The Apprentice 2015

Find out in our blog why we think Lord Sugar missed a trick with Vana’s plan for her dating through game playing business.

Vana had a plan for a business that developed a dating app that let users play games to run psychometric tests behind the scenes to help match them up with potential dates.

In the final episode, she asked her team to poll a number of app developers to get prices to build the app that she needed. Once she had feedback that the development costs would probably eat up all of Lord Sugar’s £250,000, Vana suggested that the £250,000 would essentially become seed funding, and once the concept was proved she would go out to gain Venture Capital investment. This meant that Lord Sugar would not own 50% of the business in the long term, and he opted not to go with her plan.

Here at AES, we are quite often faced with situations where a company needs more support and development from us than they can afford. Our approach is to form a long term partnership with the company by pricing the system they need via a SaaS model. This means that we look at the work that needs to b e done, and supply three prices:

  1. A price to cover part of building or configuring the system.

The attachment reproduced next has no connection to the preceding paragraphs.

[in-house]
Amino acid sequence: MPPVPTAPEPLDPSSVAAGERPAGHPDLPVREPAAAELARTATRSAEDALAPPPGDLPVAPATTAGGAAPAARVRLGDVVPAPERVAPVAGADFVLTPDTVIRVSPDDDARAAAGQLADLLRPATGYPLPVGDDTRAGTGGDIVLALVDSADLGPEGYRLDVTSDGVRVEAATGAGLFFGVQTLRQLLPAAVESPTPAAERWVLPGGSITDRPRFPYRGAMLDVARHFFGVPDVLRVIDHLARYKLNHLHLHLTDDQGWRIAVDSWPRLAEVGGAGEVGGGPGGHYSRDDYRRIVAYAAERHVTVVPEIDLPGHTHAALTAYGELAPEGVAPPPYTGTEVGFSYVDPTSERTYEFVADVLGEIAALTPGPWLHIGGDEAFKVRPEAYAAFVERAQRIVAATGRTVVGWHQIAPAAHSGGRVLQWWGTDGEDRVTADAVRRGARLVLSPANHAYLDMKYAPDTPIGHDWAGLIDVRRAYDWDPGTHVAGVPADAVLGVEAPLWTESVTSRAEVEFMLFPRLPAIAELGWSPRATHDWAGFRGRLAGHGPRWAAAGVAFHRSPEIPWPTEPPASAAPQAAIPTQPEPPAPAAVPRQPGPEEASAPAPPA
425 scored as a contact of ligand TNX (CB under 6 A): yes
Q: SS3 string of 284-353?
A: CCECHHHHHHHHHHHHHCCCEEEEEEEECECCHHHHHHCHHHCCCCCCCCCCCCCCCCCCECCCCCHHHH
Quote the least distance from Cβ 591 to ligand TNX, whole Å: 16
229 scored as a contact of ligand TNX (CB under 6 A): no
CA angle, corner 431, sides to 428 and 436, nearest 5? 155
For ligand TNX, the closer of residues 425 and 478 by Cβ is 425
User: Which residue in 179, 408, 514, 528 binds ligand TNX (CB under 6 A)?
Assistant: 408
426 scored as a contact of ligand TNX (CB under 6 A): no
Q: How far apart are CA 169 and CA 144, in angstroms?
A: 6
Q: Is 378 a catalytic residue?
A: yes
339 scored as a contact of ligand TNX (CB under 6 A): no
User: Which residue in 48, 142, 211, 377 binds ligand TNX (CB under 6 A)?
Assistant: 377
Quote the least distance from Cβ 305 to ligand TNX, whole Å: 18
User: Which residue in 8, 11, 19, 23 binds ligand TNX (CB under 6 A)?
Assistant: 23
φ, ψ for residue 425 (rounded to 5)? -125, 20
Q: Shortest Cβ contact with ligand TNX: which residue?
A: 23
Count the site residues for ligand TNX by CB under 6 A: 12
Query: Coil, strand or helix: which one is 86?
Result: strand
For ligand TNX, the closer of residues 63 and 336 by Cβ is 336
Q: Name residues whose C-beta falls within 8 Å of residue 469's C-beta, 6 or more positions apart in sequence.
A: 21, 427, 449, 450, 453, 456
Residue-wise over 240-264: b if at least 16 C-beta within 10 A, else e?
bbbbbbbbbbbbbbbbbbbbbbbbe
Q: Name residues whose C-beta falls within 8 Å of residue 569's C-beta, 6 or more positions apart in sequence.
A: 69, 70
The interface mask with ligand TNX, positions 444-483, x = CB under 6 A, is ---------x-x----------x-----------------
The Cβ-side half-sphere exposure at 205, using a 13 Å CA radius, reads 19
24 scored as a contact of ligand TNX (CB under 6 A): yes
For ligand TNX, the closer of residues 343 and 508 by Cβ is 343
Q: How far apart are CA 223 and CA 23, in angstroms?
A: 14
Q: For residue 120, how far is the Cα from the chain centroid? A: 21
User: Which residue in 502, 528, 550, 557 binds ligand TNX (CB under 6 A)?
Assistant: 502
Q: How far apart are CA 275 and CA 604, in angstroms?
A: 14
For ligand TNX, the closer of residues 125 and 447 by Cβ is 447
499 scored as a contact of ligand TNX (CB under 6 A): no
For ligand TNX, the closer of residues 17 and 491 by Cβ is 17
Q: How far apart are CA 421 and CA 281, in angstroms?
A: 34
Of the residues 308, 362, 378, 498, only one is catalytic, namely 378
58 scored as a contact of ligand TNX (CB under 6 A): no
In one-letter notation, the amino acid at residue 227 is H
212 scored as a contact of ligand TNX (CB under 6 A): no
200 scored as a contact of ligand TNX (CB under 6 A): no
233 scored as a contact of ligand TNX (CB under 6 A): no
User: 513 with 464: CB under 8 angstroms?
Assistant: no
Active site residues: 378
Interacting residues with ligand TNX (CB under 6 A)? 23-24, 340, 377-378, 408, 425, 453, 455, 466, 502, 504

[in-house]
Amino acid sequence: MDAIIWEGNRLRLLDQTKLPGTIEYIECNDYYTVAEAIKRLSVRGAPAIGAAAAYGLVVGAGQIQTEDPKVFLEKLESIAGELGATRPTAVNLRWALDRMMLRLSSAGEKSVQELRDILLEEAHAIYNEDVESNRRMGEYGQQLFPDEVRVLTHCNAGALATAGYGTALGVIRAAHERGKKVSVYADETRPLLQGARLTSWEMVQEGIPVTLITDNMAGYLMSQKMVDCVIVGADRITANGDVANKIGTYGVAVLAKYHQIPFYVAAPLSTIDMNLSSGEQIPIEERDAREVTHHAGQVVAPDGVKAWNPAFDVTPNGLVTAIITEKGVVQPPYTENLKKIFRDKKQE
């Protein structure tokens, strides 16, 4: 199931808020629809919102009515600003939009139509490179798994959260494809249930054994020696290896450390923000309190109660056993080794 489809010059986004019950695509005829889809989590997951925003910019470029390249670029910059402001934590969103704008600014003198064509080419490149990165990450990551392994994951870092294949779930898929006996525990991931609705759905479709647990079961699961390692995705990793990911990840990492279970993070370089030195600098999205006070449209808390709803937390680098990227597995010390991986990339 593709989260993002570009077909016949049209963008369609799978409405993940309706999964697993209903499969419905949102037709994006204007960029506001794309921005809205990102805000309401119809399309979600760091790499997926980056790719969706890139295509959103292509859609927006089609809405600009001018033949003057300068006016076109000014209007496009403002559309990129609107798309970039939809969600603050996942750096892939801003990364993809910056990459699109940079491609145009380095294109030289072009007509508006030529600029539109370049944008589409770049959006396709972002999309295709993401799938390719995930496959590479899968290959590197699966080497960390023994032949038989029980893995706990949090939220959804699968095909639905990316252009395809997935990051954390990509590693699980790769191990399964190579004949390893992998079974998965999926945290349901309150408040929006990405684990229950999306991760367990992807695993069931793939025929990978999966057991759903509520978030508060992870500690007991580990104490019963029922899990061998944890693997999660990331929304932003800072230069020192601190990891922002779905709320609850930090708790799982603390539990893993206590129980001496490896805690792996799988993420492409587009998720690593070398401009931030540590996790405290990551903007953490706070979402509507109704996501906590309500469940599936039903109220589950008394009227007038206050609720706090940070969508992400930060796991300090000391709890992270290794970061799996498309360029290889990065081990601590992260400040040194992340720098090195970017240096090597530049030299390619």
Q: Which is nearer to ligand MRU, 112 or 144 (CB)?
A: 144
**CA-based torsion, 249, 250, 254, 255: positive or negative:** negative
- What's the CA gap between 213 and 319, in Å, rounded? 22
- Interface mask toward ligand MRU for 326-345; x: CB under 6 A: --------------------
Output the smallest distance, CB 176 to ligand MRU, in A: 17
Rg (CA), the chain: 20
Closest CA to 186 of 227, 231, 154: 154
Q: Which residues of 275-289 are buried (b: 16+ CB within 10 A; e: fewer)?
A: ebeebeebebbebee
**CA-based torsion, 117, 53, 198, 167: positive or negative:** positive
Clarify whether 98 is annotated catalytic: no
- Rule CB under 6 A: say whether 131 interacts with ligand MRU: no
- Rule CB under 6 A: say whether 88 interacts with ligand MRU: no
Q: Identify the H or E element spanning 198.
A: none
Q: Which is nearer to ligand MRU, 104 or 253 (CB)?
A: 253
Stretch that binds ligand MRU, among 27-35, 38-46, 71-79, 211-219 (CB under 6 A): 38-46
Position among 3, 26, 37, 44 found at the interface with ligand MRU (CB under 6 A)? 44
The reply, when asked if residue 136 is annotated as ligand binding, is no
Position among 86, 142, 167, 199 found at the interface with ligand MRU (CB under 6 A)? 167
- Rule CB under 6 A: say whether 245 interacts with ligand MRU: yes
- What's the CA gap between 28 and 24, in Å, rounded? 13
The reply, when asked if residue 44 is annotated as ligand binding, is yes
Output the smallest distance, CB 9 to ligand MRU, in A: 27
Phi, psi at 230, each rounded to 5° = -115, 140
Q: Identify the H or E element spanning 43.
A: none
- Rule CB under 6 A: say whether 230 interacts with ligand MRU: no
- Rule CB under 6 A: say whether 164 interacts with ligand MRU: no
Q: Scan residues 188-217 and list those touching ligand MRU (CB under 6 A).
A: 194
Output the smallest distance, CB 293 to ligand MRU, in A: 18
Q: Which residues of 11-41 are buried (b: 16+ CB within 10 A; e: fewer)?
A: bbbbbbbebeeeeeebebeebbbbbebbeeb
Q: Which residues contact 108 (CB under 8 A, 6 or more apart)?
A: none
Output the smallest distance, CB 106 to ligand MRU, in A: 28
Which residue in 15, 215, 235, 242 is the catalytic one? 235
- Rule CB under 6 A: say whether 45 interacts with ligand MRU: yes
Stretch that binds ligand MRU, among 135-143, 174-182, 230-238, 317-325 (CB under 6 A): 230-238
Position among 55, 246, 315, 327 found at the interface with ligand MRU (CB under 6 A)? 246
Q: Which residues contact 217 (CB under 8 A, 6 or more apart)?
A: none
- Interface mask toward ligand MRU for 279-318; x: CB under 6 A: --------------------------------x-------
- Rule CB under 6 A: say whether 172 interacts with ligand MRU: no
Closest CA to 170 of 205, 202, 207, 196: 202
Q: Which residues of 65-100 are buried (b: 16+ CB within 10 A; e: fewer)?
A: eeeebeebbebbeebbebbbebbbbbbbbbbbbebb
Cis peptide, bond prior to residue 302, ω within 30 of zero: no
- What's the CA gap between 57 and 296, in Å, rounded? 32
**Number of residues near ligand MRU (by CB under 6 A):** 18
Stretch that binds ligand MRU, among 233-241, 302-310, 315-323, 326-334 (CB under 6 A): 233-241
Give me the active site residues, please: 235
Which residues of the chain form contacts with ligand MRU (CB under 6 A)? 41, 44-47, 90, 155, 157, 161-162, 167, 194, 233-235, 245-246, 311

2. A price to licence the use of the system on a monthly basis including hosting and helpdesk.
  3. A price for ongoing development work as/if required.

Building systems and apps in this way lets our customer get their business development started and get to proof of concept or complete clinical trialing so that they can either begin to make profits, or move to bring in further investment.

We share the risk of our partner’s venture while keeping their initial costs low until the customer has reached the point where their business is successful, they can then buy the IP rights and source code to the software at our best estimate of market value.

You can find out more about how we manage systems that manage hi-tech businesses and which can include apps at